The number of operational coal-fired power stations in the UK is set to fall further with the news today EDF Energy is to close its 2GW Cottam coal power plant in September.
EDF said "challenging market conditions" were to blame for the decision, citing the on-going drive to decarbonise the UK's power grid. The government has promised to end the use of unabated coal-fired generation in the UK by 2025 and has introduced a carbon price floor in addition to the EU's emissions trading scheme which has driven up costs for coal generators at the same time as renewables costs have fallen sharply.
"We are conscious of the need to support a just transition to a low carbon energy system," said plant manager Andy Powell. "Our ambition is to close the station safely and responsibly by managing people and the environment properly and continuing to be a good neighbour."
The decision will leave Britain with just six operating coal power plants by the end of the year, with most energy companies now pivoting to ramp up investment in renewable power generation instead.
But while coal's demise in the UK's electricity system is all but sealed, the future of gas generation is still uncertain.
The government envisages retaining a fleet of gas power plants into the 2030s and for years ministers have been championing the development of a domestic shale gas industry, despite fierce local opposition to drilling and protests from environmentalists, who argue the creation of a UK fracking industry is incompatible with the UK's climate targets.
However, while continuing to support the development of fracking projects in principle, the government reiterated again this week that it was now planning relax rules governing earth tremors, which fracking firms say are hampering the development of test wells.
Fracking firm Cuadrilla has been forced to repeatedly halt its exploration activities near Blackpool because of tremors sparked by its drilling, and has warned commercial extraction will be unviable with the current rules in place.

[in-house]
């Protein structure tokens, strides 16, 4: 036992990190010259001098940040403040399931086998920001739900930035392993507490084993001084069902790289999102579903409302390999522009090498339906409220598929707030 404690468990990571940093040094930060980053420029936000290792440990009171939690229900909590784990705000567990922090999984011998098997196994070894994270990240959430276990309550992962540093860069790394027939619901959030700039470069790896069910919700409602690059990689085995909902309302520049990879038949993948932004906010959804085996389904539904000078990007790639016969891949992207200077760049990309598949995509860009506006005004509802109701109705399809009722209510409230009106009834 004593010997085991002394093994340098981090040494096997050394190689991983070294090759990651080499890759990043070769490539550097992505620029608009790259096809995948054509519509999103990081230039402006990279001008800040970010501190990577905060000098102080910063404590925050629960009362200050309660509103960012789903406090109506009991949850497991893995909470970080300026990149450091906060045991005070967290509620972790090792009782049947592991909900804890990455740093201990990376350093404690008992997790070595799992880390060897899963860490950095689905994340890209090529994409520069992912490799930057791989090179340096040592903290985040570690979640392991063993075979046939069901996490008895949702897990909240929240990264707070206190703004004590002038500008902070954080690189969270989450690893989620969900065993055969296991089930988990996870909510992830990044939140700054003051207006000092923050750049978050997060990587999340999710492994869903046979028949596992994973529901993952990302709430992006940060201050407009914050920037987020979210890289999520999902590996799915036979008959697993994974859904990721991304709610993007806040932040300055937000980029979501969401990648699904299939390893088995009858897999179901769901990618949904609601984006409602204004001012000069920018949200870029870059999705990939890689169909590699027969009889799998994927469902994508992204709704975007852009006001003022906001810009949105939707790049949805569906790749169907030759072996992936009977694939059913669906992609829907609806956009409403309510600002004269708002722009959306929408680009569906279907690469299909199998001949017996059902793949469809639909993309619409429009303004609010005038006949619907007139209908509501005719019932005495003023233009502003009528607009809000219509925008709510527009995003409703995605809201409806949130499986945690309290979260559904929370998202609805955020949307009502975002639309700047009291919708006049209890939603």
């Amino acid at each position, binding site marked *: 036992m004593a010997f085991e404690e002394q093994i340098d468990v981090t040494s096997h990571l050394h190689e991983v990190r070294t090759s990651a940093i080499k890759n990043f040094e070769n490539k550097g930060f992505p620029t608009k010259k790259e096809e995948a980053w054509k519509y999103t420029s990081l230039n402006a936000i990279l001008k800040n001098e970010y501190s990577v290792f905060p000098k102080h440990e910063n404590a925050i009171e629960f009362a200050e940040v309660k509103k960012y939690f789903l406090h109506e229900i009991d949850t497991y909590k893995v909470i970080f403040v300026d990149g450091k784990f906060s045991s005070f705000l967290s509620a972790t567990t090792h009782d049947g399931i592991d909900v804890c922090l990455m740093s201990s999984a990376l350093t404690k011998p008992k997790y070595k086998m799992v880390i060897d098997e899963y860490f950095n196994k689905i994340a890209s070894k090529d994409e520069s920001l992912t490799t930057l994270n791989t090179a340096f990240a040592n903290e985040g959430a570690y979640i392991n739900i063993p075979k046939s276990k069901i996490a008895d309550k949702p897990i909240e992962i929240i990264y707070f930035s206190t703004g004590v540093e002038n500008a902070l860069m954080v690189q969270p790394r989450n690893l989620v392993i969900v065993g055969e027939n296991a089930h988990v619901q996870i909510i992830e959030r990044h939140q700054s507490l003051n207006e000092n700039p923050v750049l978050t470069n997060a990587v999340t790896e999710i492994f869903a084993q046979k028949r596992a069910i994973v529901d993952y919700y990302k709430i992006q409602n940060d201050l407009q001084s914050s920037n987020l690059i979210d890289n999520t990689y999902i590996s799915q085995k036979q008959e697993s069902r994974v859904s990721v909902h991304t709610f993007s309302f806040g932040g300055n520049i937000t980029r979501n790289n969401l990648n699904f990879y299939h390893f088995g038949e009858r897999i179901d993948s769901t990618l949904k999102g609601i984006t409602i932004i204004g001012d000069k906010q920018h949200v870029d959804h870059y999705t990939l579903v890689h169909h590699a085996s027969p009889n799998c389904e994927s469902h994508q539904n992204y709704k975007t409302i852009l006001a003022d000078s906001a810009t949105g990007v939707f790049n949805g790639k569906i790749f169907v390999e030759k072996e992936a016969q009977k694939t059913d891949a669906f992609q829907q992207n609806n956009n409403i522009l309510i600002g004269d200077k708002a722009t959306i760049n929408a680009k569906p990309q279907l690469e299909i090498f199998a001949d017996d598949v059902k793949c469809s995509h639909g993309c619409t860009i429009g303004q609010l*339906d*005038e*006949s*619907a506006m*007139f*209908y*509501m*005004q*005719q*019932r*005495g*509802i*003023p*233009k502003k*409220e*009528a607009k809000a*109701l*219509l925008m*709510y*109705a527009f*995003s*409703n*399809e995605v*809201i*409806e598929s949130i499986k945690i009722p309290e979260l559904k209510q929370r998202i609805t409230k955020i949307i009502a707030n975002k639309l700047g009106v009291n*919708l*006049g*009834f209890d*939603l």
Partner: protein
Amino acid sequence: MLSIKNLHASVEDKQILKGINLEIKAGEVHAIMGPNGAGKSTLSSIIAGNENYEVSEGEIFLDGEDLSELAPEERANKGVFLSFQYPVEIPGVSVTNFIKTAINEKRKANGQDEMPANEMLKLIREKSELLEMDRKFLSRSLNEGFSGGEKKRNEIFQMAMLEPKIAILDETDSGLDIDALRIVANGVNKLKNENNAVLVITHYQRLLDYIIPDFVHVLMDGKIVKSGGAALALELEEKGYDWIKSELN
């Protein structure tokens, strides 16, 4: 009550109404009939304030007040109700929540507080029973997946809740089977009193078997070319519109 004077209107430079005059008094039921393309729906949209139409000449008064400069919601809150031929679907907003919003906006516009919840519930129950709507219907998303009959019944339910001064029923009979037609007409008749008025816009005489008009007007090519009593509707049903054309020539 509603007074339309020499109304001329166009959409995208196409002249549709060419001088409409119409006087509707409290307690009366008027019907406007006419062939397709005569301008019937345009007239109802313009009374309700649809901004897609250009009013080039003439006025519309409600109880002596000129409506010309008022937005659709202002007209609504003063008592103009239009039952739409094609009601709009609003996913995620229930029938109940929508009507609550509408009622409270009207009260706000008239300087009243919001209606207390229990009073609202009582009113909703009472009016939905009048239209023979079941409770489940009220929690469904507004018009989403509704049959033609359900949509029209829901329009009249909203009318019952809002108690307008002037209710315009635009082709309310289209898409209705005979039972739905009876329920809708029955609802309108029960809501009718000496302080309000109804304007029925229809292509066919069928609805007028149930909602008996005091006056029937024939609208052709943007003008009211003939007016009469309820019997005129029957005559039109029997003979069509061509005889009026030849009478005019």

Jim Ratcliffe, CEO of oil giant Ineos, urged the government last week to review the rules to allow fracking activity to continue beyond tremors of 0.5 magnitude, which marks the current limit.
But despite industry pressure the government is refusing to budge, with the Guardian today reporting a statement from a BEIS spokesperson claiming there are "no plans" to review the current regulations.
"The government has given the industry significant support to develop while ensuring that our world-leading regulations remain in place to ensure fracking happens safely and responsibly," the spokesperson added.
Energy minister Claire Perry has also rejected calls to relax the tremor limits, writing to Cuadrilla chief executive Francis Egan last year to stress that the government "believes the current system is fit for purpose and has no intention of altering it".
Public polling suggests ministers could enjoy a political dividend from holding their ground, with new data today revealing the British public is becoming increasingly wary of allowing shale gas operations in the UK.
According to the latest BEIS Attitudes Tracker survey, support for shale gas extraction fell in December 2018 to match the September 2017 record low of 13 per cent, while opposition to the practice has risen four points since the previous survey in September 2018, to reach 35 per cent.
"There has been a general downward trend in support of fracking and a general upward trend in opposition of fracking since the question was first asked in December 2013," the survey admitted. Destruction of the natural environment and earthquake risk were the two most common reasons for opposing shale gas extraction.
By comparison, support for renewables stood at 77 per cent, with just four per cent of respondents in opposition.